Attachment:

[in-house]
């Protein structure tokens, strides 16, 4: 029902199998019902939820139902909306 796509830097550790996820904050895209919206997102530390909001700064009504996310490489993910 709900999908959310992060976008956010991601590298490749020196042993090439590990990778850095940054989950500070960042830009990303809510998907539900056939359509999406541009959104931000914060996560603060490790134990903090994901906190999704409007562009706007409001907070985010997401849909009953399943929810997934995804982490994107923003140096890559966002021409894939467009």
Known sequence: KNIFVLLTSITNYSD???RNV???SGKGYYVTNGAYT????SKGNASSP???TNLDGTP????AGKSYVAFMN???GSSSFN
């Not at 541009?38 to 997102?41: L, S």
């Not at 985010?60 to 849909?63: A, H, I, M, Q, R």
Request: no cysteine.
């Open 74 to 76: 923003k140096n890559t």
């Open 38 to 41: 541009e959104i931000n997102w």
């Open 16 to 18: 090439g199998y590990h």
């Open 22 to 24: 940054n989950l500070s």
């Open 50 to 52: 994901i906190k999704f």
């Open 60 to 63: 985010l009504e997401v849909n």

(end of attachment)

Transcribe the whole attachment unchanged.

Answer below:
[in-house]
């Protein structure tokens, strides 16, 4: 029902199998019902939820139902909306 796509830097550790996820904050895209919206997102530390909001700064009504996310490489993910 709900999908959310992060976008956010991601590298490749020196042993090439590990990778850095940054989950500070960042830009990303809510998907539900056939359509999406541009959104931000914060996560603060490790134990903090994901906190999704409007562009706007409001907070985010997401849909009953399943929810997934995804982490994107923003140096890559966002021409894939467009």
Known sequence: KNIFVLLTSITNYSD???RNV???SGKGYYVTNGAYT????SKGNASSP???TNLDGTP????AGKSYVAFMN???GSSSFN
């Not at 541009?38 to 997102?41: L, S």
């Not at 985010?60 to 849909?63: A, H, I, M, Q, R």
Request: no cysteine.
């Open 74 to 76: 923003k140096n890559t």
């Open 38 to 41: 541009e959104i931000n997102w």
């Open 16 to 18: 090439g199998y590990h």
């Open 22 to 24: 940054n989950l500070s």
């Open 50 to 52: 994901i906190k999704f």
């Open 60 to 63: 985010l009504e997401v849909n």